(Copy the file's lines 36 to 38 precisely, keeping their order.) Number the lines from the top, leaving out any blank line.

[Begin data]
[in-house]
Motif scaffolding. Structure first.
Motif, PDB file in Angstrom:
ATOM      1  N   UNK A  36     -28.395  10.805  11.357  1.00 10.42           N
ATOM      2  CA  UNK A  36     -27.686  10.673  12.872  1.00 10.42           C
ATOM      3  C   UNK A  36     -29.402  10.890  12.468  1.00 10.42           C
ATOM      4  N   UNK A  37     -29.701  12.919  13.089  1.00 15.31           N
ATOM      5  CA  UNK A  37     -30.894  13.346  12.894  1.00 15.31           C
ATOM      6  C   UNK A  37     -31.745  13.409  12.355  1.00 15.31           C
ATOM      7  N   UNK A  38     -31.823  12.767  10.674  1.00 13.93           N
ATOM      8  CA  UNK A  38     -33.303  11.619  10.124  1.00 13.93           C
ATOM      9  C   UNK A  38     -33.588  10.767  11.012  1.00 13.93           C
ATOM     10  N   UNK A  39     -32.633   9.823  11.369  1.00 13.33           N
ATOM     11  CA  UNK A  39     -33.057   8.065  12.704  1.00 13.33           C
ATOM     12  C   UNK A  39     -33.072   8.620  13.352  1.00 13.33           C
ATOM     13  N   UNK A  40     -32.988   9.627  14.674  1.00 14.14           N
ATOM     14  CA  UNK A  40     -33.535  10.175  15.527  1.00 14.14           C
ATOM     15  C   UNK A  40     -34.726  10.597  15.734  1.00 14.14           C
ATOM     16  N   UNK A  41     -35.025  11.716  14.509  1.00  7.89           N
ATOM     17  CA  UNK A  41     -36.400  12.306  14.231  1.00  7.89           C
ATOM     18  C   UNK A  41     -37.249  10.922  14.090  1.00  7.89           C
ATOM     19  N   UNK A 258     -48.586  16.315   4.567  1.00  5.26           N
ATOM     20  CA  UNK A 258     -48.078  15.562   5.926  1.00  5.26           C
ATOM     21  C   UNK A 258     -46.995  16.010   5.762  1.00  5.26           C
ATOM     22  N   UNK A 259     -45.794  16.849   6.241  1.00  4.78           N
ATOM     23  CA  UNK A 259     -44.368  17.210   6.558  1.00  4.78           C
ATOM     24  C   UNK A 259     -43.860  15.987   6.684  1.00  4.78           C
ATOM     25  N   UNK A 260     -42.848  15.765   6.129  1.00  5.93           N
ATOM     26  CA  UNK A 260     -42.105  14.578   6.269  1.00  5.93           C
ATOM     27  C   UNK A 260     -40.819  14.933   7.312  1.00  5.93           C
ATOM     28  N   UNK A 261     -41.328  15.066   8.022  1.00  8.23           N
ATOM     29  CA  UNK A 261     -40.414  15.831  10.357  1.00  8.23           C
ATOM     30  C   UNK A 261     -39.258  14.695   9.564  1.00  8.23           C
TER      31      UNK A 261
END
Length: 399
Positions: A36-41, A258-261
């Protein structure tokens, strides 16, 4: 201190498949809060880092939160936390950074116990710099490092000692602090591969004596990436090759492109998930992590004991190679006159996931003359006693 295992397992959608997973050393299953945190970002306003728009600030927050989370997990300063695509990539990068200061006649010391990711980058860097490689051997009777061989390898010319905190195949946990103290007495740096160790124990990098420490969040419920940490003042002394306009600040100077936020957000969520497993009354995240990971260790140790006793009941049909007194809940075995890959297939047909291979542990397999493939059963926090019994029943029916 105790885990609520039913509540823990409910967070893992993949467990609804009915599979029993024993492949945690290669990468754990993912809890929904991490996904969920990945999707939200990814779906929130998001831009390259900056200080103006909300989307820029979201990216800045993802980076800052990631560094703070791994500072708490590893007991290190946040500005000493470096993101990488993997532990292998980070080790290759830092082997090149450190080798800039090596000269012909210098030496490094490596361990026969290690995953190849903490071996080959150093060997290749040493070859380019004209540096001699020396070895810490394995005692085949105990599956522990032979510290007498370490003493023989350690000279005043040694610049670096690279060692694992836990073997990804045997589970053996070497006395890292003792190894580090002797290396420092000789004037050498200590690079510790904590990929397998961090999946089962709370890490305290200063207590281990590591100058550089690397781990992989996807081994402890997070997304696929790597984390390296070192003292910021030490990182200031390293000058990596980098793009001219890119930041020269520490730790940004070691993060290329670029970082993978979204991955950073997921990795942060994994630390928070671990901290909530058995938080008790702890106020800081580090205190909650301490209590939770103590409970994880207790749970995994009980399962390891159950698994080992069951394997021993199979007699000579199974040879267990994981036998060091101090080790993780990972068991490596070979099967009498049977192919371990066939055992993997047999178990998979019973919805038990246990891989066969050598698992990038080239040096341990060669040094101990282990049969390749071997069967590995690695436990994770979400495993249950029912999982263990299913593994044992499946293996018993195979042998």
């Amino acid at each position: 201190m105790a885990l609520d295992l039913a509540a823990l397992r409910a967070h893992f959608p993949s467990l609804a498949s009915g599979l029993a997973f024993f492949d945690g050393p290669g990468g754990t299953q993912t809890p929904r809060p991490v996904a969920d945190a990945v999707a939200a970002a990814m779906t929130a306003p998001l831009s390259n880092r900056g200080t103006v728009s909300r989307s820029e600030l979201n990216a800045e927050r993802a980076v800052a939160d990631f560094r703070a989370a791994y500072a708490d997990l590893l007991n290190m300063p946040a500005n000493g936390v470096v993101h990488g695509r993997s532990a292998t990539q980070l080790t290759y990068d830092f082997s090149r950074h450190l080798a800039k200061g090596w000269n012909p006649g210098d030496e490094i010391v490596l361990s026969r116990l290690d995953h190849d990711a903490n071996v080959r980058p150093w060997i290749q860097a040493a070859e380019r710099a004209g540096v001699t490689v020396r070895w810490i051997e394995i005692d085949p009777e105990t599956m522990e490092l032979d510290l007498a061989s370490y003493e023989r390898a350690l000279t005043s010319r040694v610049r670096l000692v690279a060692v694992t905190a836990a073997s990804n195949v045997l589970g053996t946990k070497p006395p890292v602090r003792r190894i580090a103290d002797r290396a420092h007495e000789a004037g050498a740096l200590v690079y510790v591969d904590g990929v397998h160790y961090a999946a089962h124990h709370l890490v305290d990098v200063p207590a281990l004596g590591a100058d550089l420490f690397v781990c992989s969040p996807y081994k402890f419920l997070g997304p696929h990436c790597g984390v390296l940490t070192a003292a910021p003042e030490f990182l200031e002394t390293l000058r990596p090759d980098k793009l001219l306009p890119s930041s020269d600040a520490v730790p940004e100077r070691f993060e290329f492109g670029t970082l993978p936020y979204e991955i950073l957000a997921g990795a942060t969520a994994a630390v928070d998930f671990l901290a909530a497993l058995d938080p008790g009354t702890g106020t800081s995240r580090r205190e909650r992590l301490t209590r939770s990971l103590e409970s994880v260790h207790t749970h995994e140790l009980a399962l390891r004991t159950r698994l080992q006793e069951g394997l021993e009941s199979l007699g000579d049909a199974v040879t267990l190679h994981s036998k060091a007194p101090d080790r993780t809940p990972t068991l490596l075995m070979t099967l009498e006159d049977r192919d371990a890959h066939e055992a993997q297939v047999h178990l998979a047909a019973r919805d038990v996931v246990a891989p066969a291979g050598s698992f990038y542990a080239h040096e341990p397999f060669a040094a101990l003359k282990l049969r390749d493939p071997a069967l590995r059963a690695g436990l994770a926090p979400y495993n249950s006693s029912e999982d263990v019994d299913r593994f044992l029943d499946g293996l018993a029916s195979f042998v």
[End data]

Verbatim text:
Length: 399
Positions: A36-41, A258-261
């Protein structure tokens, strides 16, 4: 201190498949809060880092939160936390950074116990710099490092000692602090591969004596990436090759492109998930992590004991190679006159996931003359006693 295992397992959608997973050393299953945190970002306003728009600030927050989370997990300063695509990539990068200061006649010391990711980058860097490689051997009777061989390898010319905190195949946990103290007495740096160790124990990098420490969040419920940490003042002394306009600040100077936020957000969520497993009354995240990971260790140790006793009941049909007194809940075995890959297939047909291979542990397999493939059963926090019994029943029916 105790885990609520039913509540823990409910967070893992993949467990609804009915599979029993024993492949945690290669990468754990993912809890929904991490996904969920990945999707939200990814779906929130998001831009390259900056200080103006909300989307820029979201990216800045993802980076800052990631560094703070791994500072708490590893007991290190946040500005000493470096993101990488993997532990292998980070080790290759830092082997090149450190080798800039090596000269012909210098030496490094490596361990026969290690995953190849903490071996080959150093060997290749040493070859380019004209540096001699020396070895810490394995005692085949105990599956522990032979510290007498370490003493023989350690000279005043040694610049670096690279060692694992836990073997990804045997589970053996070497006395890292003792190894580090002797290396420092000789004037050498200590690079510790904590990929397998961090999946089962709370890490305290200063207590281990590591100058550089690397781990992989996807081994402890997070997304696929790597984390390296070192003292910021030490990182200031390293000058990596980098793009001219890119930041020269520490730790940004070691993060290329670029970082993978979204991955950073997921990795942060994994630390928070671990901290909530058995938080008790702890106020800081580090205190909650301490209590939770103590409970994880207790749970995994009980399962390891159950698994080992069951394997021993199979007699000579199974040879267990994981036998060091101090080790993780990972068991490596070979099967009498049977192919371990066939055992993997047999178990998979019973919805038990246990891989066969050598698992990038080239040096341990060669040094101990282990049969390749071997069967590995690695436990994770979400495993249950029912999982263990299913593994044992499946293996018993195979042998």